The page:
Buying your first home can be exciting, but also nerve-wracking and confusing.
It doesn’t help when there are so many myths and misconceptions flying around about what’s involved for first-time buyers.
If you’ve taken advice about what you should take into account before buying your first home, there may be one or two myths you’ve inadvertently taken on board.
The chances are, you have an inkling that something might not be quite as it seems, and we’d like to help debunk any myths than have possibly entered your head.
Myth 1: It’s an awesome investment
Don’t get us wrong – buying a property can be an awesome way to make money, and it’s why there are plenty of people doing it professionally.
However, it isn’t guaranteed to be a cash generator. House prices remain volatile, and as smart as it is to get on the housing ladder, don’t assume you’ll make a healthy profit when it’s time to sell.
Instead, focus on buying what you can afford and, when it becomes yours, keep an eye on the market to keep your expectations at bay.
Myth 2: You don’t need to worry about the mortgage until you’ve found somewhere
It’s easy to get carried away finding the ‘perfect home’, and this can lead many to jump the gun before they’ve got their finances in order.
Obviously, you won’t need to apply for a mortgage until you’ve had an offer accepted on a property, but working out what you can realistically afford should always be your first job.
This will enable you to obtain an offer in principle from a mortgage company, which makes you a far more attractive buyer come offer time.
Myth 3: You need excellent credit
A clean credit file can certainly help with seeking a mortgage, but lenders aren’t completely closed to working with buyers who have less than stellar scores.
Working with a whole of market mortgage advisor will help you find a mortgage that suits your situation and credit history.
Providing you’re realistic about what you can afford and open about your credit history, there’s usually a way to get the mortgage you need, thanks to the abundance of lenders and offers on the market these days.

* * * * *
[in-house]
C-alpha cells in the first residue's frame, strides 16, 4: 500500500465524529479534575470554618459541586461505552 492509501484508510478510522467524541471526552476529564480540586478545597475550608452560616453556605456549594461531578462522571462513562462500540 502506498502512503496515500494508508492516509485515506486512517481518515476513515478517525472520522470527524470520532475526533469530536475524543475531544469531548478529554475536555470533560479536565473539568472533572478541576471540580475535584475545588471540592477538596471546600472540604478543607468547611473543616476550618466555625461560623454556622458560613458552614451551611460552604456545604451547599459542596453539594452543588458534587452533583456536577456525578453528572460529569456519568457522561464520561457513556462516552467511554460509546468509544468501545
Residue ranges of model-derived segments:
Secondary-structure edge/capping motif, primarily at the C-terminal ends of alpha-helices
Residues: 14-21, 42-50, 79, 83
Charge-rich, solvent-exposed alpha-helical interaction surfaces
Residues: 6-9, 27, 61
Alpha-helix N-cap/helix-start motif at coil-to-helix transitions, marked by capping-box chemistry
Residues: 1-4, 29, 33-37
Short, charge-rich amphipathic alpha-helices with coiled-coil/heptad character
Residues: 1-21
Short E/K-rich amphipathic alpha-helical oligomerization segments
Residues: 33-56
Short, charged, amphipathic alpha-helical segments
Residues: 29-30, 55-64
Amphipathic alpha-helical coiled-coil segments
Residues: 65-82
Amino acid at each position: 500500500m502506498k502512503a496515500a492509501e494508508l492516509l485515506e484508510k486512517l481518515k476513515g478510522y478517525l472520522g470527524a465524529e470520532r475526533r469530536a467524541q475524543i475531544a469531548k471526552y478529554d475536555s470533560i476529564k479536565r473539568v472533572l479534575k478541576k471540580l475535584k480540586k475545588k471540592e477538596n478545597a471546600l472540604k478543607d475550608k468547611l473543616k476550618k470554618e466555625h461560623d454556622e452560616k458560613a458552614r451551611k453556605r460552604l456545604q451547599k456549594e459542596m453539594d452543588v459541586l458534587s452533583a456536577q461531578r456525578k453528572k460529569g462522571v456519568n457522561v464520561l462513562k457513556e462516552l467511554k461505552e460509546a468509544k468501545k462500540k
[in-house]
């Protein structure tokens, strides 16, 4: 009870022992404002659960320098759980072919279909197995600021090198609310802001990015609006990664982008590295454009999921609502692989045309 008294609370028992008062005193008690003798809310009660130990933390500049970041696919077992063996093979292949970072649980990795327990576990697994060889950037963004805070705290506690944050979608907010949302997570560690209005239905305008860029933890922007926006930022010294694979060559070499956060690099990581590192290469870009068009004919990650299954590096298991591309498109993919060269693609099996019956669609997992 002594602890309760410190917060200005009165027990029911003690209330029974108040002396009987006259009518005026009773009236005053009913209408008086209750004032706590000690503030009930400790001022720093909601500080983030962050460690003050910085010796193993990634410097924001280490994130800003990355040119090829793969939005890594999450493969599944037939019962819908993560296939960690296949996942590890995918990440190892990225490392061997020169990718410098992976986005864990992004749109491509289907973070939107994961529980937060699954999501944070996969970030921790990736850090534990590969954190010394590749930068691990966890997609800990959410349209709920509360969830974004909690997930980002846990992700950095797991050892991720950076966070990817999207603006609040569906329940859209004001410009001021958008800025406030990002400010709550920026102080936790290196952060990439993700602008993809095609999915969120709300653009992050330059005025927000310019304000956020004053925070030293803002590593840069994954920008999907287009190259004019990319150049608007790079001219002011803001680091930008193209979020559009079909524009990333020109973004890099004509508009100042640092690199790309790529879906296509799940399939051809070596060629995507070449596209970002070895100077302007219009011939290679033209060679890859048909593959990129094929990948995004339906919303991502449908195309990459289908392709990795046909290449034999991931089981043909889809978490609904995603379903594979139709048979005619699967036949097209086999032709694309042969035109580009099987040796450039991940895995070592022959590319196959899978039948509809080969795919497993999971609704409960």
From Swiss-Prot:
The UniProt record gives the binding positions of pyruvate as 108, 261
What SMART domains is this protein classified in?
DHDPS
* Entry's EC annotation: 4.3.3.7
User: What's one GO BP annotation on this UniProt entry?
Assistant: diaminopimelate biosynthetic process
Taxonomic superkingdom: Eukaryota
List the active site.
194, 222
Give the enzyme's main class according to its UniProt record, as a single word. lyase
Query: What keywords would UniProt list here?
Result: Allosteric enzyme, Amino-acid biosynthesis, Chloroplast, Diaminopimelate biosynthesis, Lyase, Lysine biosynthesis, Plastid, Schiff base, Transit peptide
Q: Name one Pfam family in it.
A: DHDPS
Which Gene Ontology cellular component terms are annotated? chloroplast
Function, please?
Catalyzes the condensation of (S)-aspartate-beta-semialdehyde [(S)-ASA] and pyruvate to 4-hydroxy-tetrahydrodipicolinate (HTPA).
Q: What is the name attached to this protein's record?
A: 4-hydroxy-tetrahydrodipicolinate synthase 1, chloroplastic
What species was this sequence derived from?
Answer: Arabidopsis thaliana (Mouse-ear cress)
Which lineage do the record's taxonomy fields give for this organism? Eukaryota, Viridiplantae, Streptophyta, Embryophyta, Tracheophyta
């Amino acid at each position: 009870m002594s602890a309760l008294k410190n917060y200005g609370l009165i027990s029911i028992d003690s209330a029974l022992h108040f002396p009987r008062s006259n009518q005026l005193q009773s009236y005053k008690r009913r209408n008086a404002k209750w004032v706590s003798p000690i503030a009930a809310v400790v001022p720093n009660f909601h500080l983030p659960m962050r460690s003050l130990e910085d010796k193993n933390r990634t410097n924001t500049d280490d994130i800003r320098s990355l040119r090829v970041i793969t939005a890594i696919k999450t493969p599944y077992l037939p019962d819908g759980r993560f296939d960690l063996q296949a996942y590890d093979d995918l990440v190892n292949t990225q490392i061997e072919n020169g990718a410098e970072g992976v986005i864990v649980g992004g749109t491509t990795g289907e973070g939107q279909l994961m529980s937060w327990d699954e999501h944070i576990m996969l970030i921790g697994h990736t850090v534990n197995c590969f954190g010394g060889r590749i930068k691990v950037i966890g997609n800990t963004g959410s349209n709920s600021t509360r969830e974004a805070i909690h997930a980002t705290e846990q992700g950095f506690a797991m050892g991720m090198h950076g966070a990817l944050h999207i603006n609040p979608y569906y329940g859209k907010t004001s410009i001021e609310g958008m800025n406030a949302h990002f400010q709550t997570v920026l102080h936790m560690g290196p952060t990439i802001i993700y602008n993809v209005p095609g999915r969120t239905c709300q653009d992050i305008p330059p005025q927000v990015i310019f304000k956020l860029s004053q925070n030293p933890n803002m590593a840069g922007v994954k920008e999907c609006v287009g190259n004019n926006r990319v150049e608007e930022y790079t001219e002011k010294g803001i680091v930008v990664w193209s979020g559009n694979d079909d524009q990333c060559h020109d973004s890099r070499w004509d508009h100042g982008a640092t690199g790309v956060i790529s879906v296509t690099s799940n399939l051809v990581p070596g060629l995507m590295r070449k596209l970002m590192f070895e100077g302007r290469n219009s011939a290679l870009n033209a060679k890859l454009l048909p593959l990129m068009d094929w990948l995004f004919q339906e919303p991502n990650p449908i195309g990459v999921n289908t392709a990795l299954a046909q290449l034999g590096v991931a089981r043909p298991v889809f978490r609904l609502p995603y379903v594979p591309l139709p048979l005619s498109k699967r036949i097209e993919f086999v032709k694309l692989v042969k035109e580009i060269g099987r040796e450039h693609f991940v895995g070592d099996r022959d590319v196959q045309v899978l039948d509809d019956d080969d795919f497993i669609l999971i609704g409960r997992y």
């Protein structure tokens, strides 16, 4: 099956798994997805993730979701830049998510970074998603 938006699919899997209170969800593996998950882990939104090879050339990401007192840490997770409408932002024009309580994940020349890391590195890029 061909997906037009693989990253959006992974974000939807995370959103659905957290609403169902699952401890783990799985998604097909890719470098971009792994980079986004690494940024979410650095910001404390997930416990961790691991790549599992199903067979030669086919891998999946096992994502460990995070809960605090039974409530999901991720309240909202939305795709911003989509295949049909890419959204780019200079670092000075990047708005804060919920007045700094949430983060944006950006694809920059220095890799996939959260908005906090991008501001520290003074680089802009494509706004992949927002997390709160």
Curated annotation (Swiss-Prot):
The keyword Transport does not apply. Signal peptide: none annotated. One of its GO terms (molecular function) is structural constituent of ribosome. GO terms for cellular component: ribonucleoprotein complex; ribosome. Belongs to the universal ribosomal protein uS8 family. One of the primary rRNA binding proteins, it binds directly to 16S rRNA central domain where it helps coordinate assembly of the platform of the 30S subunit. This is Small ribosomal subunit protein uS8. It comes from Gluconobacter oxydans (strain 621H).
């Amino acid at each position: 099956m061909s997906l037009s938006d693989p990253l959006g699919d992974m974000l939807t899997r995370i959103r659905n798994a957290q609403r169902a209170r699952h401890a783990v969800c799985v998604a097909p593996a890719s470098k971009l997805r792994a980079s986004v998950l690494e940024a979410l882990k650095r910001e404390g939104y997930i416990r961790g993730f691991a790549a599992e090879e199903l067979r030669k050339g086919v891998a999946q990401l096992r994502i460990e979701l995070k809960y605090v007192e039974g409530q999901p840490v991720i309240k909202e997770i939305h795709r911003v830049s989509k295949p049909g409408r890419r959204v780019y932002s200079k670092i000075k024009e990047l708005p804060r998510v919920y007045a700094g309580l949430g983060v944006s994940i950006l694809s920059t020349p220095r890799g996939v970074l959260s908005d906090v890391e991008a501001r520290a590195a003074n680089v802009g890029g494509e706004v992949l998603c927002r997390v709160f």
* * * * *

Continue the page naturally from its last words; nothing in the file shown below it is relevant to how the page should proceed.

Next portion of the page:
Myth 4: You need a big deposit
Having a large deposit is certainly useful when buying a property, but few first-time buyers are blessed with those kinds of funds.
There are no true 100% mortgages on the market these days, but those of the 5% variety can still be found.
Therefore, if the Bank of Mum and Dad is unavailable but you have some savings scraped together, the deposit may not be as big a problem as you’ve been led to believe.
For instance, if you’re looking at a new home you may be able to get help from the government via their Help to Buy equity loan scheme. Some builders will even offer incentives such as deposit contributions or by paying the stamp duty for you.
Myth 5: Your parents need cash if they want to get involved
It’s a common misconception that parents can only help their kids get on the property ladder by stumping up some – or all – of the initial deposit.
There are other ways. Your parents could also act as guarantors on your mortgage; just bear in mind that they’ll be responsible for any shortfall if you fall behind on your payments.
It’s best to speak to your mortgage advisor about the options available if your parents want to help. Their credit history could be your saviour, but there are also a number of ways in which they can invest their money if they have the cash to hand.
Myth 6: Low interest rates = cheap mortgages
Mortgage companies are smart. They make low interest rates the focus of their marketing campaigns.
This might suggest the corresponding mortgage is cheap, but there are lots of factors that influence the overall cost of your mortgage. They include:
- the type of deal (is it a discount, fixed-rate or tracker?);
- up-front fees (although they can be added to the mortgage, these usually can be anything up to £2,000); and
- the deal period (how many years before the interest rate creeps up?).
Make sure you read all of the small print for any mortgage you’re considering – it’s there for a reason.
Want to talk home buying?
We know how challenging it can be to enter the world of home buying for the first time. There’s a lot to think about and plan.
We hope this blog is helpful, but if you’d like to get some more specific mortgage advice from people who care, just get in touch with our team, today for a free initial consultation.
Your home may be repossessed if you do not keep up repayments on your mortgage. Fees may be payable at a later stage.